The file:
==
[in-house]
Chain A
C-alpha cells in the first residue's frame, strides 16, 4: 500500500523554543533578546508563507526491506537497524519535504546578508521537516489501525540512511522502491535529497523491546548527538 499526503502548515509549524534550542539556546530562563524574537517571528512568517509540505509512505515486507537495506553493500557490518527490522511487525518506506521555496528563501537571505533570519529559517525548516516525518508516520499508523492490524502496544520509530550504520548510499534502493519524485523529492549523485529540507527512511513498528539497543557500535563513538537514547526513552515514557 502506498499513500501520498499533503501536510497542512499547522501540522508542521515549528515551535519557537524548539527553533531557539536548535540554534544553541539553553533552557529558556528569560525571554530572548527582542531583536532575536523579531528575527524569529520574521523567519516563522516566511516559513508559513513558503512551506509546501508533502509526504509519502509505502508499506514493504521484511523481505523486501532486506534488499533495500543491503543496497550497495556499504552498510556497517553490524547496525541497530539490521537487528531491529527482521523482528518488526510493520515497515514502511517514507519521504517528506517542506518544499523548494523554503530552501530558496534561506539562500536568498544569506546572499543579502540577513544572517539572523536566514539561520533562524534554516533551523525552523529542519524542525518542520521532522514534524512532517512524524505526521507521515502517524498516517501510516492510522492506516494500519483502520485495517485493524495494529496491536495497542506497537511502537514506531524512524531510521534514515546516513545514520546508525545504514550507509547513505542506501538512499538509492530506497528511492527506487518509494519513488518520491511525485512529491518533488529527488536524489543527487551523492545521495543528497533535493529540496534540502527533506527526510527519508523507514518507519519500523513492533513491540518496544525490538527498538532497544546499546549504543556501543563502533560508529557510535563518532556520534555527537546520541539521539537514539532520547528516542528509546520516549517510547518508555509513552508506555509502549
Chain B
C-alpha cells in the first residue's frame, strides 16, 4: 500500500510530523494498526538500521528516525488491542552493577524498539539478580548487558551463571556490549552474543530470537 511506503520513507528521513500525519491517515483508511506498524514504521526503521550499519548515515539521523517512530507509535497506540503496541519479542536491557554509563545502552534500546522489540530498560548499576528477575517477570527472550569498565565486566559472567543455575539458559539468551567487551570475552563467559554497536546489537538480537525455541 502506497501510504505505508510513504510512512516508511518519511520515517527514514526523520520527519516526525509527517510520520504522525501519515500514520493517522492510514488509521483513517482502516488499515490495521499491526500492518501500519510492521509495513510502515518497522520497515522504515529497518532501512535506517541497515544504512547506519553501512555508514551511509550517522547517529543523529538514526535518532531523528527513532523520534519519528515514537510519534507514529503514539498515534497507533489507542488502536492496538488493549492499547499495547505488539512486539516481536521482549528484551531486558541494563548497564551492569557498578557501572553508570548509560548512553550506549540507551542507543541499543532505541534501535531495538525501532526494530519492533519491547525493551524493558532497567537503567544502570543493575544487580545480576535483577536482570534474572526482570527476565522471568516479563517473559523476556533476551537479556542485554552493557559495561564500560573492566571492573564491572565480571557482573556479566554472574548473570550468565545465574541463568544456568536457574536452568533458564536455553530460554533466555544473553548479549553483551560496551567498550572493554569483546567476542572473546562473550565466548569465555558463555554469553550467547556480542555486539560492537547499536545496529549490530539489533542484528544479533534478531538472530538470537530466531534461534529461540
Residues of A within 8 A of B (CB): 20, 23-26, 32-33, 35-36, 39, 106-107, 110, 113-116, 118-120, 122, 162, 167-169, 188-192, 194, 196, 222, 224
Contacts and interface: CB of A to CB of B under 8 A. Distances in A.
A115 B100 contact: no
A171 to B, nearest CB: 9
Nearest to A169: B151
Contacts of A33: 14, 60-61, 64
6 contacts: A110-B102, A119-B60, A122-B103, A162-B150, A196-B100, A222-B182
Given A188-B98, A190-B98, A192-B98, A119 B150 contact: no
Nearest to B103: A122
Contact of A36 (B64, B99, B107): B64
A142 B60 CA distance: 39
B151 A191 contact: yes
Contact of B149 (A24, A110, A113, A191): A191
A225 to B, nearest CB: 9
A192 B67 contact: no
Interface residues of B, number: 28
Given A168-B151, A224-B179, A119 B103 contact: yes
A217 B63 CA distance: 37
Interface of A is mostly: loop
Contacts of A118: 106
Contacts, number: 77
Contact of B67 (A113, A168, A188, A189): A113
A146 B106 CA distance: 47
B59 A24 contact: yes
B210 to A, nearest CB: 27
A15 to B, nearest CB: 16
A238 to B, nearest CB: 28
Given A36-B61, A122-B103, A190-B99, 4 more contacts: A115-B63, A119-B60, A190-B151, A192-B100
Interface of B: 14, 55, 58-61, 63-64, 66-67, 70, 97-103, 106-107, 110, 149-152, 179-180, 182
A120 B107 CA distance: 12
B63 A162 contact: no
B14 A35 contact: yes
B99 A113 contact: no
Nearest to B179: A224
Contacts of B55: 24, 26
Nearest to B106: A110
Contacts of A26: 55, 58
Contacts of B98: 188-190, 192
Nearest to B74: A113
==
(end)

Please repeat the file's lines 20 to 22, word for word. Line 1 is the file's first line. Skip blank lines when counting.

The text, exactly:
A192 B67 contact: no
Interface residues of B, number: 28
Given A168-B151, A224-B179, A119 B103 contact: yes